How Incidental Values From the Environment Affect Decisions About Money, Risk, and Delay

Abstract (Via Christoph Ungemach, Neil Stewart and Stian Reimers @ Sagepub)

How different are £0.50 and £1.50, “a small chance” and “a good chance,” or “three months” and “nine months”? Our studies show that people behave as if the differences between these values are altered by incidental everyday experiences. Preference for a £1.50 lottery rather than a £0.50 lottery was stronger among individuals exposed to intermediate supermarket prices than among those exposed to lower or higher prices. Preference for “a good chance” rather than “a small chance” of winning a lottery was stronger among participants who predicted intermediate probabilities of rain than among those who predicted lower or higher chances of rain. Preference for consumption in “three months” rather than “nine months” was stronger among participants who planned for an intermediate birthday than among participants who planned for a sooner or later birthday. These fluctuations directly challenge economic accounts that translate monies, risks, and delays into subjective equivalents with stable functions. The decision-by-sampling model—in which subjective values are rank positions constructed from comparisons with samples—predicts these effects and indicates a primary role for sampling in decision making.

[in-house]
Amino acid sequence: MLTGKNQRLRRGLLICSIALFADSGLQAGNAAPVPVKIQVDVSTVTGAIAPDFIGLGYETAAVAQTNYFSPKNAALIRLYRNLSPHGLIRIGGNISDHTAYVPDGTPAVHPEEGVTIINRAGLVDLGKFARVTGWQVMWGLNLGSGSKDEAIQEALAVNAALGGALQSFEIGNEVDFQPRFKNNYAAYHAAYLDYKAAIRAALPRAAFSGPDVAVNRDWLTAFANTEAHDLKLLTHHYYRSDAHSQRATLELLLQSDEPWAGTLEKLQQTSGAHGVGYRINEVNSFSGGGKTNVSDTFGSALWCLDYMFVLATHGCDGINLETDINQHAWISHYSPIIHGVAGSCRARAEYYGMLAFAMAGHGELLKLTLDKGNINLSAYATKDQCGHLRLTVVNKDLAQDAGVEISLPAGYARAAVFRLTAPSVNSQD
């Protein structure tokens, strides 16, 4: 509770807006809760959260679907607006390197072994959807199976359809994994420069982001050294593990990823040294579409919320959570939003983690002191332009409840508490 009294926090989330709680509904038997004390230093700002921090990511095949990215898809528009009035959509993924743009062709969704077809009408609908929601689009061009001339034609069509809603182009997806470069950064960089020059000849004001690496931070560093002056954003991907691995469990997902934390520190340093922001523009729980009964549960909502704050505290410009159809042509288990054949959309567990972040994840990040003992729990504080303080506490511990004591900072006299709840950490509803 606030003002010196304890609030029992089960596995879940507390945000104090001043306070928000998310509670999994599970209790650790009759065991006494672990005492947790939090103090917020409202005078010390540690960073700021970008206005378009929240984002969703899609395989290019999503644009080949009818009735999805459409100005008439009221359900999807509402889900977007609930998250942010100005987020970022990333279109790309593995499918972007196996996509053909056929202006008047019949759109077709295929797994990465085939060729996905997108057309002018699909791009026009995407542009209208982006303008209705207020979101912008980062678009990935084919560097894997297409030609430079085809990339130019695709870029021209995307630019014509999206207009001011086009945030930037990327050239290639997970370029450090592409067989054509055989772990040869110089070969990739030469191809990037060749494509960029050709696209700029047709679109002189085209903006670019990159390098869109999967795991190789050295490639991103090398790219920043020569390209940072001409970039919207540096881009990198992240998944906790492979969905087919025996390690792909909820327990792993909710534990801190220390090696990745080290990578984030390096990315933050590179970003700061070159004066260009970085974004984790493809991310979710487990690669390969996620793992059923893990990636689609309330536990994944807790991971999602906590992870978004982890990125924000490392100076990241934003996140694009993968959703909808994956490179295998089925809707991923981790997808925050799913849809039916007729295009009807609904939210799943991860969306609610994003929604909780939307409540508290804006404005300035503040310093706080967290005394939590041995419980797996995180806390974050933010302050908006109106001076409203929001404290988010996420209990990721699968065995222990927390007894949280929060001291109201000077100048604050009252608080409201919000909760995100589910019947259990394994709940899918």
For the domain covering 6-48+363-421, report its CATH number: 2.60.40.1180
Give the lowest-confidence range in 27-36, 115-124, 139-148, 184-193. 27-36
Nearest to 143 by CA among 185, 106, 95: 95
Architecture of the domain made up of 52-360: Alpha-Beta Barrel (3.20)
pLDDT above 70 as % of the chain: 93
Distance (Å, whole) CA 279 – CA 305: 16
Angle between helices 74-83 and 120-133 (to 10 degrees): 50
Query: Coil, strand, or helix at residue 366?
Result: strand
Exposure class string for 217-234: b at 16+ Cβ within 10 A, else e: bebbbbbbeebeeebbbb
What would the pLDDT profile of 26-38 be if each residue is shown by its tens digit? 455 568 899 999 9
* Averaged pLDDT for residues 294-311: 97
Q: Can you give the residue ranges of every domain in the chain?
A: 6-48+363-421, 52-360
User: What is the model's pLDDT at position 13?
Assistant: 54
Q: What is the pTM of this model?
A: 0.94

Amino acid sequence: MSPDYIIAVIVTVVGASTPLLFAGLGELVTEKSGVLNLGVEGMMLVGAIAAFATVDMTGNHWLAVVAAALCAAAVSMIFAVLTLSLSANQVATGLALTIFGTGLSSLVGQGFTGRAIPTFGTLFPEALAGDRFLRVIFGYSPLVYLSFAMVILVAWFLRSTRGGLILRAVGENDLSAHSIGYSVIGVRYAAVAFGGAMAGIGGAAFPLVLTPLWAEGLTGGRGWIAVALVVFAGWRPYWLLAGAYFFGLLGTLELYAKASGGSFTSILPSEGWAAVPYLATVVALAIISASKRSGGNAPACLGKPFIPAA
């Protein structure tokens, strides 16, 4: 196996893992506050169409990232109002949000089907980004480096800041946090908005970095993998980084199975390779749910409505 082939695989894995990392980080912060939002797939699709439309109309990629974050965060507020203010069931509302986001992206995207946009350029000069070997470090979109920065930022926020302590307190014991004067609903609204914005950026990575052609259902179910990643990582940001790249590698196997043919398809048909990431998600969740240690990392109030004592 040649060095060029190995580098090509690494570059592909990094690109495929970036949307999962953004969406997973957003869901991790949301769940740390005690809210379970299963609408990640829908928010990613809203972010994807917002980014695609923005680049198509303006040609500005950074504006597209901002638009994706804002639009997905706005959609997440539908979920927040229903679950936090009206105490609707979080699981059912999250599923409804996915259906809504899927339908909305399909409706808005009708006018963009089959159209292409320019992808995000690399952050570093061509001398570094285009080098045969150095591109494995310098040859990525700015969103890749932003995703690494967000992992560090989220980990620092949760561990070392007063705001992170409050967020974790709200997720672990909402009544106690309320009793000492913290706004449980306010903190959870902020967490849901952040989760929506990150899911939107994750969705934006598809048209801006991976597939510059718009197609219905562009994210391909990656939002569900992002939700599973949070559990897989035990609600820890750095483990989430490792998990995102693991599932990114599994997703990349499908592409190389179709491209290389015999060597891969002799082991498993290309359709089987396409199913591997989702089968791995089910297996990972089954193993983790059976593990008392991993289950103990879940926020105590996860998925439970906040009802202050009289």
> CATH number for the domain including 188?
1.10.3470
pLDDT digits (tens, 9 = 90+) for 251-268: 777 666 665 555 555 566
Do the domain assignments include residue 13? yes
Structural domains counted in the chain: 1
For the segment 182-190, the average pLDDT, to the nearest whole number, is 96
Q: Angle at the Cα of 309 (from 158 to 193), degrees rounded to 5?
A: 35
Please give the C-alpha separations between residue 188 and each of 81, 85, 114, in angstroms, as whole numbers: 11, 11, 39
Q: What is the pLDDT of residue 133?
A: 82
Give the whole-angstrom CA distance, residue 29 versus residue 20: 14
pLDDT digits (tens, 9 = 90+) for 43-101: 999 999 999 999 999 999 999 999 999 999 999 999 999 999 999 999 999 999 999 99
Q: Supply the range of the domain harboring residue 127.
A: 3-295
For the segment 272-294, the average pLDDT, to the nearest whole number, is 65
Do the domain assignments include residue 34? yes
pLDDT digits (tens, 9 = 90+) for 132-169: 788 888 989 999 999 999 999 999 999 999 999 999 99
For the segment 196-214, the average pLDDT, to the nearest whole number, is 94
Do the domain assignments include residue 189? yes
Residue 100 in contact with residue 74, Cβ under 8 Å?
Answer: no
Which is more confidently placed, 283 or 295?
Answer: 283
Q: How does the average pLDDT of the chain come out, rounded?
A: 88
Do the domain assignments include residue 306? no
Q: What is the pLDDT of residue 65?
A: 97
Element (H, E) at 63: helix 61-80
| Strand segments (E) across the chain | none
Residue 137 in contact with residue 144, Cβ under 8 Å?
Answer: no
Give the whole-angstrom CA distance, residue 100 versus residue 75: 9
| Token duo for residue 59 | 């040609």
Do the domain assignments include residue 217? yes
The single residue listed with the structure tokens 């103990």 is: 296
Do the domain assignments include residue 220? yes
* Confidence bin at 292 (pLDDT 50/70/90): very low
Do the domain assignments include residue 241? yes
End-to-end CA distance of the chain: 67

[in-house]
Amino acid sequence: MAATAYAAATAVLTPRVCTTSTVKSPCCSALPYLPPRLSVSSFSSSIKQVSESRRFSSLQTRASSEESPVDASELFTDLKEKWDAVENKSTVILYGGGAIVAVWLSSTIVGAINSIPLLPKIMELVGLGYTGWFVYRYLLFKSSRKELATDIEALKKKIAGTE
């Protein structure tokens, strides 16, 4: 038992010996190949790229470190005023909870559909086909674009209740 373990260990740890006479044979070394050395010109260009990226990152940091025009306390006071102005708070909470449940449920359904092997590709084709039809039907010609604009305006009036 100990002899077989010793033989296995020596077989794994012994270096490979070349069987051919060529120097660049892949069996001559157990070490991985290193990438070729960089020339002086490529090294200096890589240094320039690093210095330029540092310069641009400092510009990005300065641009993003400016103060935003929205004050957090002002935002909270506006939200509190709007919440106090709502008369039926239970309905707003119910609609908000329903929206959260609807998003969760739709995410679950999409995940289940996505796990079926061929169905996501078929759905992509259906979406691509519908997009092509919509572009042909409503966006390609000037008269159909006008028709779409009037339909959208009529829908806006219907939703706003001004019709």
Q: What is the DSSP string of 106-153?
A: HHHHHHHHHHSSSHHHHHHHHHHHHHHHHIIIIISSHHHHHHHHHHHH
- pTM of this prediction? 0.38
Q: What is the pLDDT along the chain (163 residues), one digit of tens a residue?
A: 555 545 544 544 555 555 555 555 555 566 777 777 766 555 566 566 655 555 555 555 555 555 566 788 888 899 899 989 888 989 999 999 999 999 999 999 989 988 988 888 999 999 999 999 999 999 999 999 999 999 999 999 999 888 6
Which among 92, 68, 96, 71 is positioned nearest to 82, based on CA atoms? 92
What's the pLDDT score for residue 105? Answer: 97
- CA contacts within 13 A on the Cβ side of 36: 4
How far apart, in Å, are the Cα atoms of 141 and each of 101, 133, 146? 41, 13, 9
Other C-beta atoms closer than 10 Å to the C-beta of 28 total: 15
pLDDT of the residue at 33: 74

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14. January 2011 by Miguel Barbosa
Categories: Curated Readings, Psychology & Sociology | Leave a comment

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